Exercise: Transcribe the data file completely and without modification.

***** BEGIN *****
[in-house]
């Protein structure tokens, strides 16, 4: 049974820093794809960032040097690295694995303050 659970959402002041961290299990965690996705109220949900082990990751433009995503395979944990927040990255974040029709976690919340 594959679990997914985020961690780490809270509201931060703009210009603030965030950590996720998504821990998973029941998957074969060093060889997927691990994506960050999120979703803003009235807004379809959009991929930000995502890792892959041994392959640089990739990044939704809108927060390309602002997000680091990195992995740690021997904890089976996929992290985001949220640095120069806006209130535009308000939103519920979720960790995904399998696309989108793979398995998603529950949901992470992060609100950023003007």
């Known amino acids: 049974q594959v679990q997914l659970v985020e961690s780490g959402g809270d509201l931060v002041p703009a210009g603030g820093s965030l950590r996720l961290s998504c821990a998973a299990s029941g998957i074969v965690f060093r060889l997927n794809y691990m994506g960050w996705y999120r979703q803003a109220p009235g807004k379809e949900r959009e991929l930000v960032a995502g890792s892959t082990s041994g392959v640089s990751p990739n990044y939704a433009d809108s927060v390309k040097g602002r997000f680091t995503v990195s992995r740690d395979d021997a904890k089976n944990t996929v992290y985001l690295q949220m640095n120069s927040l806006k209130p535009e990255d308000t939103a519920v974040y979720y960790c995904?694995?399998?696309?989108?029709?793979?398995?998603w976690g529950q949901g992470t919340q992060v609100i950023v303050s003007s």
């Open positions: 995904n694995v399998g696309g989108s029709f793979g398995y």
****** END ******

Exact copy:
[in-house]
């Protein structure tokens, strides 16, 4: 049974820093794809960032040097690295694995303050 659970959402002041961290299990965690996705109220949900082990990751433009995503395979944990927040990255974040029709976690919340 594959679990997914985020961690780490809270509201931060703009210009603030965030950590996720998504821990998973029941998957074969060093060889997927691990994506960050999120979703803003009235807004379809959009991929930000995502890792892959041994392959640089990739990044939704809108927060390309602002997000680091990195992995740690021997904890089976996929992290985001949220640095120069806006209130535009308000939103519920979720960790995904399998696309989108793979398995998603529950949901992470992060609100950023003007």
């Known amino acids: 049974q594959v679990q997914l659970v985020e961690s780490g959402g809270d509201l931060v002041p703009a210009g603030g820093s965030l950590r996720l961290s998504c821990a998973a299990s029941g998957i074969v965690f060093r060889l997927n794809y691990m994506g960050w996705y999120r979703q803003a109220p009235g807004k379809e949900r959009e991929l930000v960032a995502g890792s892959t082990s041994g392959v640089s990751p990739n990044y939704a433009d809108s927060v390309k040097g602002r997000f680091t995503v990195s992995r740690d395979d021997a904890k089976n944990t996929v992290y985001l690295q949220m640095n120069s927040l806006k209130p535009e990255d308000t939103a519920v974040y979720y960790c995904?694995?399998?696309?989108?029709?793979?398995?998603w976690g529950q949901g992470t919340q992060v609100i950023v303050s003007s």
């Open positions: 995904n694995v399998g696309g989108s029709f793979g398995y």